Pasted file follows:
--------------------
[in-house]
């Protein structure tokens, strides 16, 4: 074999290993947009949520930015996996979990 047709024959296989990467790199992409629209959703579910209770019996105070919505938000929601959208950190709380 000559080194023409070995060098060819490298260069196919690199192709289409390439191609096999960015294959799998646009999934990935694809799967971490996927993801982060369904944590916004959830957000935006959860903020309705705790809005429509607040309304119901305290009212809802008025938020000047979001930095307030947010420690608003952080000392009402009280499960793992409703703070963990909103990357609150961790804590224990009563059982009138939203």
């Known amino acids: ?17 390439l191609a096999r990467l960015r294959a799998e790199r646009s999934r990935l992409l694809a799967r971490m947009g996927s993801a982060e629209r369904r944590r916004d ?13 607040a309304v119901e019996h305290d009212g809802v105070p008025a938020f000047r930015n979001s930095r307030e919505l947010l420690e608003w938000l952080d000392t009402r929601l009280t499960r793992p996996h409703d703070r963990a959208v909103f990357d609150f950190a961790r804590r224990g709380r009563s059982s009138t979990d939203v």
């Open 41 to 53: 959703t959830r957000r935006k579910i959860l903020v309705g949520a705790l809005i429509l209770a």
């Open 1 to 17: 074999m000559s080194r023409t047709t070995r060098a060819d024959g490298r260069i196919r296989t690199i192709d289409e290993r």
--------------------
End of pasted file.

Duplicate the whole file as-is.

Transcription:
[in-house]
């Protein structure tokens, strides 16, 4: 074999290993947009949520930015996996979990 047709024959296989990467790199992409629209959703579910209770019996105070919505938000929601959208950190709380 000559080194023409070995060098060819490298260069196919690199192709289409390439191609096999960015294959799998646009999934990935694809799967971490996927993801982060369904944590916004959830957000935006959860903020309705705790809005429509607040309304119901305290009212809802008025938020000047979001930095307030947010420690608003952080000392009402009280499960793992409703703070963990909103990357609150961790804590224990009563059982009138939203």
């Known amino acids: ?17 390439l191609a096999r990467l960015r294959a799998e790199r646009s999934r990935l992409l694809a799967r971490m947009g996927s993801a982060e629209r369904r944590r916004d ?13 607040a309304v119901e019996h305290d009212g809802v105070p008025a938020f000047r930015n979001s930095r307030e919505l947010l420690e608003w938000l952080d000392t009402r929601l009280t499960r793992p996996h409703d703070r963990a959208v909103f990357d609150f950190a961790r804590r224990g709380r009563s059982s009138t979990d939203v």
């Open 41 to 53: 959703t959830r957000r935006k579910i959860l903020v309705g949520a705790l809005i429509l209770a």
């Open 1 to 17: 074999m000559s080194r023409t047709t070995r060098a060819d024959g490298r260069i196919r296989t690199i192709d289409e290993r």